Learn about Georgia O’Keeffe’s studio practice and her connection to Winsor & Newton materials in our fascinating interview with Dale Kronkright, Head of Conservation at the Georgia O’Keeffe Museum in New Mexico.
Dale is a foremost scholar of O’Keeffe and how she worked. Over the course of a few conversations with him as her touring retrospective was preparing to open in Madrid, we learned about O’Keeffe’s process, her tools, and the way she hoped that we would all experience her work.
Watch the video below to learn more about this trailblazing American artist.
Through the science of transmitted and reflected infrared light, Dale shared with us that it is possible to see the drawing she started with when she began a painting. Interestingly, not much was left to chance. Modern technology tells us her process was planned rather than intuitive because she followed her initial intentions closely.
We also learned that tools were critical to her practice. She cut her brushes into unique shapes so the bristles had just the angle she wanted, and she organized all her studio materials methodically so she could focus on her work without distraction.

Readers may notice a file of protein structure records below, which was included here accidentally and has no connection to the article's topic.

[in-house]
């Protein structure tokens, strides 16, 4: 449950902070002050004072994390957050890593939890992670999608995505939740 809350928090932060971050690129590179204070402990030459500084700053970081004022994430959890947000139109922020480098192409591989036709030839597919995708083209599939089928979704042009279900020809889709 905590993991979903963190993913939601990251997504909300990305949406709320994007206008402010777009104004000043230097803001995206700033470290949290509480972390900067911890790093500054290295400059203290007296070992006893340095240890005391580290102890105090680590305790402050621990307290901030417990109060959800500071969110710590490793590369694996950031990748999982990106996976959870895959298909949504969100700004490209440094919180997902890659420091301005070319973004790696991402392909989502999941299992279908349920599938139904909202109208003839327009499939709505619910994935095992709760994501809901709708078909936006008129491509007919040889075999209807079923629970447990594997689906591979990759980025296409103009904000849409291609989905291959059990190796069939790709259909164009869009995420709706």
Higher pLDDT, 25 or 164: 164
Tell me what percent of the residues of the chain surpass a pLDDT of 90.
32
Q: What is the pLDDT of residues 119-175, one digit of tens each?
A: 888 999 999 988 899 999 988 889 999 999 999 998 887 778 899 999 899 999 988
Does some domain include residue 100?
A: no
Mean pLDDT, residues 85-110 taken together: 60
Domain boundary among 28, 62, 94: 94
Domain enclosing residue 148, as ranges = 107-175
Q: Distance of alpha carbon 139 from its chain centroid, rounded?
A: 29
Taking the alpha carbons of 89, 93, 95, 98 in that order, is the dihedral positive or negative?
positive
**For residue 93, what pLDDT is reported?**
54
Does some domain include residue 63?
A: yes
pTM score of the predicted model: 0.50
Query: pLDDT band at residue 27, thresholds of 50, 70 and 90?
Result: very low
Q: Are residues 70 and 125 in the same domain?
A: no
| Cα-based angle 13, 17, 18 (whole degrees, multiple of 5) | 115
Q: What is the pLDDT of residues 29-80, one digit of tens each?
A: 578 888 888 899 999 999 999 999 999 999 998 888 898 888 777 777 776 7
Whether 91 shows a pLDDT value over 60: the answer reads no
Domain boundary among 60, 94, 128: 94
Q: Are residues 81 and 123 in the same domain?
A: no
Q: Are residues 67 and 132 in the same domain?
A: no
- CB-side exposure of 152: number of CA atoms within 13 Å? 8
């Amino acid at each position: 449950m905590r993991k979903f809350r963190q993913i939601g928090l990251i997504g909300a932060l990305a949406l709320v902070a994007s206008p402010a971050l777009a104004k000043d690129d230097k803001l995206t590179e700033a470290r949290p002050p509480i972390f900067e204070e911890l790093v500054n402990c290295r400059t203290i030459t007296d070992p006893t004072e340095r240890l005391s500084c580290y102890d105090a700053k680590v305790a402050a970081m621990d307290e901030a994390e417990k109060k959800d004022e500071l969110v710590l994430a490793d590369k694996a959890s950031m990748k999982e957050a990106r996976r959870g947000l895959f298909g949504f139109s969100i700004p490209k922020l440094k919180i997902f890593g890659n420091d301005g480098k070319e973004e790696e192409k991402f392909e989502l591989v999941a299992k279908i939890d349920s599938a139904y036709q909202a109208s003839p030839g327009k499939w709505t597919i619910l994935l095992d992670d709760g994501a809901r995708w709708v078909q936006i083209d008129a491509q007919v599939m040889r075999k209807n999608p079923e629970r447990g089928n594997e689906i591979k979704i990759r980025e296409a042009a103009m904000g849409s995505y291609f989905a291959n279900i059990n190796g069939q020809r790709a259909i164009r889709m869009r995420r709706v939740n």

Consistent, high-quality materials were also part of her commitment to her art practice, she realized early on that good materials were essential, and she always bought the best she could afford. In 1918 her then-future husband, world-famous photographer Alfred Steiglitz, gifted her a half-pan box of watercolours by Winsor & Newton; from that point on, she became a lifetime user of Winsor & Newton art materials.
As far as how she wanted people to experience her work, Dale said that she wanted the viewer to ‘see with your eyes and not with your expectations’. That is something to keep in mind when looking at any work of art.
Winsor & Newton was proud to support the Georgia O’Keeffe exhibition when it opened at the Thyssen-Bornemisza in Madrid. The show then moved on to The Centre Pompidou in Paris and is now opening at its’ final stop this month at the Foundation Beyeler, in Basel, from January 23 – May 22, 2022.